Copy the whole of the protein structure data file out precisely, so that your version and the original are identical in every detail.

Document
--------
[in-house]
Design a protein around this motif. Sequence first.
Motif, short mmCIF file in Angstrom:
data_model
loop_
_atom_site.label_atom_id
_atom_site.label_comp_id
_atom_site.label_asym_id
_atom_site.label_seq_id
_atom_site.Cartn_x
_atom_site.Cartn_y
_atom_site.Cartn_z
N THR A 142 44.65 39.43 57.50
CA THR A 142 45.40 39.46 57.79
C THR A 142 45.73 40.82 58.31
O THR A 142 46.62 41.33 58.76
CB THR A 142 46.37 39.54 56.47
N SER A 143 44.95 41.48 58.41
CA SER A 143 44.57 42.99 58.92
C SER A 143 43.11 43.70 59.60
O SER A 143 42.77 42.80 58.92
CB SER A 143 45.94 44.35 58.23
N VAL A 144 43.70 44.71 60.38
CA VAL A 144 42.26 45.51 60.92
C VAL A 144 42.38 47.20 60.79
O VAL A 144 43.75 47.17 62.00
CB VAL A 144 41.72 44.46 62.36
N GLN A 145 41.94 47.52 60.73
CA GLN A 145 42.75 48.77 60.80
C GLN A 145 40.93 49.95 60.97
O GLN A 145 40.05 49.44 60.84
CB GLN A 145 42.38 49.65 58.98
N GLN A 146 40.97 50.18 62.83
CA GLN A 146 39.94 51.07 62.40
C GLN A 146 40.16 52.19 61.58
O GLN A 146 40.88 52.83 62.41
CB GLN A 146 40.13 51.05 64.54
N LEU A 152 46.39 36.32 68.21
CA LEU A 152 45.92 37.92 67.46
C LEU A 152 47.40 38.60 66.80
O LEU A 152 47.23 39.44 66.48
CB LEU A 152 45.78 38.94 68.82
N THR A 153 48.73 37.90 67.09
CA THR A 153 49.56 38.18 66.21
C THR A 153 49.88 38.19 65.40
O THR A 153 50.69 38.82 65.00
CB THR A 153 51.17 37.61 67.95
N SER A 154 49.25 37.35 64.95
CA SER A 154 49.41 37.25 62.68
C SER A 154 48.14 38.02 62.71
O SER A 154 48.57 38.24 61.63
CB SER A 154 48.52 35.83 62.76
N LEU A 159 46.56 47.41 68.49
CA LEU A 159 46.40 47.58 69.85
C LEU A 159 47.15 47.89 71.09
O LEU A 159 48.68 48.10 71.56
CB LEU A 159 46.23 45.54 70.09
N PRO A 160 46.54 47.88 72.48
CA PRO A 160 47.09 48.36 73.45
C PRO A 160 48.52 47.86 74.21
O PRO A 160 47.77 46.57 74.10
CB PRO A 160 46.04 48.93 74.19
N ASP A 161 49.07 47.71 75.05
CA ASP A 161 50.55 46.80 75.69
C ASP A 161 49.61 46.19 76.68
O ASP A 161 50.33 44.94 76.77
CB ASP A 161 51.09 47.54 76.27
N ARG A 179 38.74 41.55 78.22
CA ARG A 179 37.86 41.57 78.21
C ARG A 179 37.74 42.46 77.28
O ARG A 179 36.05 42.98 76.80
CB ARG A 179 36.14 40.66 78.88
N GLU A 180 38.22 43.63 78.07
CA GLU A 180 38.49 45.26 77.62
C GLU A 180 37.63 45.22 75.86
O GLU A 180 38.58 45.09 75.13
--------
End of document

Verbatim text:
[in-house]
Design a protein around this motif. Sequence first.
Motif, short mmCIF file in Angstrom:
data_model
loop_
_atom_site.label_atom_id
_atom_site.label_comp_id
_atom_site.label_asym_id
_atom_site.label_seq_id
_atom_site.Cartn_x
_atom_site.Cartn_y
_atom_site.Cartn_z
N THR A 142 44.65 39.43 57.50
CA THR A 142 45.40 39.46 57.79
C THR A 142 45.73 40.82 58.31
O THR A 142 46.62 41.33 58.76
CB THR A 142 46.37 39.54 56.47
N SER A 143 44.95 41.48 58.41
CA SER A 143 44.57 42.99 58.92
C SER A 143 43.11 43.70 59.60
O SER A 143 42.77 42.80 58.92
CB SER A 143 45.94 44.35 58.23
N VAL A 144 43.70 44.71 60.38
CA VAL A 144 42.26 45.51 60.92
C VAL A 144 42.38 47.20 60.79
O VAL A 144 43.75 47.17 62.00
CB VAL A 144 41.72 44.46 62.36
N GLN A 145 41.94 47.52 60.73
CA GLN A 145 42.75 48.77 60.80
C GLN A 145 40.93 49.95 60.97
O GLN A 145 40.05 49.44 60.84
CB GLN A 145 42.38 49.65 58.98
N GLN A 146 40.97 50.18 62.83
CA GLN A 146 39.94 51.07 62.40
C GLN A 146 40.16 52.19 61.58
O GLN A 146 40.88 52.83 62.41
CB GLN A 146 40.13 51.05 64.54
N LEU A 152 46.39 36.32 68.21
CA LEU A 152 45.92 37.92 67.46
C LEU A 152 47.40 38.60 66.80
O LEU A 152 47.23 39.44 66.48
CB LEU A 152 45.78 38.94 68.82
N THR A 153 48.73 37.90 67.09
CA THR A 153 49.56 38.18 66.21
C THR A 153 49.88 38.19 65.40
O THR A 153 50.69 38.82 65.00
CB THR A 153 51.17 37.61 67.95
N SER A 154 49.25 37.35 64.95
CA SER A 154 49.41 37.25 62.68
C SER A 154 48.14 38.02 62.71
O SER A 154 48.57 38.24 61.63
CB SER A 154 48.52 35.83 62.76
N LEU A 159 46.56 47.41 68.49
CA LEU A 159 46.40 47.58 69.85
C LEU A 159 47.15 47.89 71.09
O LEU A 159 48.68 48.10 71.56
CB LEU A 159 46.23 45.54 70.09
N PRO A 160 46.54 47.88 72.48
CA PRO A 160 47.09 48.36 73.45
C PRO A 160 48.52 47.86 74.21
O PRO A 160 47.77 46.57 74.10
CB PRO A 160 46.04 48.93 74.19
N ASP A 161 49.07 47.71 75.05
CA ASP A 161 50.55 46.80 75.69
C ASP A 161 49.61 46.19 76.68
O ASP A 161 50.33 44.94 76.77
CB ASP A 161 51.09 47.54 76.27
N ARG A 179 38.74 41.55 78.22
CA ARG A 179 37.86 41.57 78.21
C ARG A 179 37.74 42.46 77.28
O ARG A 179 36.05 42.98 76.80
CB ARG A 179 36.14 40.66 78.88
N GLU A 180 38.22 43.63 78.07
CA GLU A 180 38.49 45.26 77.62
C GLU A 180 37.63 45.22 75.86
O GLU A 180 38.58 45.09 75.13